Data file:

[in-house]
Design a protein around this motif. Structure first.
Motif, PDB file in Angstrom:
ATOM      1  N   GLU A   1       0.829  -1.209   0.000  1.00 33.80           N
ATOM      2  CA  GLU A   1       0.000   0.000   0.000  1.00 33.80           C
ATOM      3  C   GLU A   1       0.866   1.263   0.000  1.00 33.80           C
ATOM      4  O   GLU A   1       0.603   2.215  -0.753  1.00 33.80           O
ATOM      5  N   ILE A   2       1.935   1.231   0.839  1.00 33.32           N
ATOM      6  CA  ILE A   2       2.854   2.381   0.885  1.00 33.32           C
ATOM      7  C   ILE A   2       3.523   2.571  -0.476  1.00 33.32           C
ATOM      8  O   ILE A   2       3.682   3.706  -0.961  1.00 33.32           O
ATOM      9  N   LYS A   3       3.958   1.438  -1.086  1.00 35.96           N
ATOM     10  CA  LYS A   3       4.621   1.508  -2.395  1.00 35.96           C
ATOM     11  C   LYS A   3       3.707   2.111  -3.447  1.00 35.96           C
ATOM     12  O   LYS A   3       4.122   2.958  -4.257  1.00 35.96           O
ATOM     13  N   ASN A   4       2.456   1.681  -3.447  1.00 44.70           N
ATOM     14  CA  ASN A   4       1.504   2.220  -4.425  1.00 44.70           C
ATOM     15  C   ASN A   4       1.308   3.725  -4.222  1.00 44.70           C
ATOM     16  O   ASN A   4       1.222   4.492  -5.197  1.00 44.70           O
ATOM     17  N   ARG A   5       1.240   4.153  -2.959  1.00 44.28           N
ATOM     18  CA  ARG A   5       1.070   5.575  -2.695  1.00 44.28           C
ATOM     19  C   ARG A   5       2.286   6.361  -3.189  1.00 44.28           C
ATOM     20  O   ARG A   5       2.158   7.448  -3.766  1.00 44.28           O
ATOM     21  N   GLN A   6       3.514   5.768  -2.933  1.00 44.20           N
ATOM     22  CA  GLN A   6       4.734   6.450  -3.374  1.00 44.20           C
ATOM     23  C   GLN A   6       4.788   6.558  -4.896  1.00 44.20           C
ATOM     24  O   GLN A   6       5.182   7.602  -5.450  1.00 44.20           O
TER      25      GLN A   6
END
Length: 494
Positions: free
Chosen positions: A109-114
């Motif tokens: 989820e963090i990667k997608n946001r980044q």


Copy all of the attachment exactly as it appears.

[in-house]
Design a protein around this motif. Structure first.
Motif, PDB file in Angstrom:
ATOM      1  N   GLU A   1       0.829  -1.209   0.000  1.00 33.80           N
ATOM      2  CA  GLU A   1       0.000   0.000   0.000  1.00 33.80           C
ATOM      3  C   GLU A   1       0.866   1.263   0.000  1.00 33.80           C
ATOM      4  O   GLU A   1       0.603   2.215  -0.753  1.00 33.80           O
ATOM      5  N   ILE A   2       1.935   1.231   0.839  1.00 33.32           N
ATOM      6  CA  ILE A   2       2.854   2.381   0.885  1.00 33.32           C
ATOM      7  C   ILE A   2       3.523   2.571  -0.476  1.00 33.32           C
ATOM      8  O   ILE A   2       3.682   3.706  -0.961  1.00 33.32           O
ATOM      9  N   LYS A   3       3.958   1.438  -1.086  1.00 35.96           N
ATOM     10  CA  LYS A   3       4.621   1.508  -2.395  1.00 35.96           C
ATOM     11  C   LYS A   3       3.707   2.111  -3.447  1.00 35.96           C
ATOM     12  O   LYS A   3       4.122   2.958  -4.257  1.00 35.96           O
ATOM     13  N   ASN A   4       2.456   1.681  -3.447  1.00 44.70           N
ATOM     14  CA  ASN A   4       1.504   2.220  -4.425  1.00 44.70           C
ATOM     15  C   ASN A   4       1.308   3.725  -4.222  1.00 44.70           C
ATOM     16  O   ASN A   4       1.222   4.492  -5.197  1.00 44.70           O
ATOM     17  N   ARG A   5       1.240   4.153  -2.959  1.00 44.28           N
ATOM     18  CA  ARG A   5       1.070   5.575  -2.695  1.00 44.28           C
ATOM     19  C   ARG A   5       2.286   6.361  -3.189  1.00 44.28           C
ATOM     20  O   ARG A   5       2.158   7.448  -3.766  1.00 44.28           O
ATOM     21  N   GLN A   6       3.514   5.768  -2.933  1.00 44.20           N
ATOM     22  CA  GLN A   6       4.734   6.450  -3.374  1.00 44.20           C
ATOM     23  C   GLN A   6       4.788   6.558  -4.896  1.00 44.20           C
ATOM     24  O   GLN A   6       5.182   7.602  -5.450  1.00 44.20           O
TER      25      GLN A   6
END
Length: 494
Positions: free
Chosen positions: A109-114
């Motif tokens: 989820e963090i990667k997608n946001r980044q």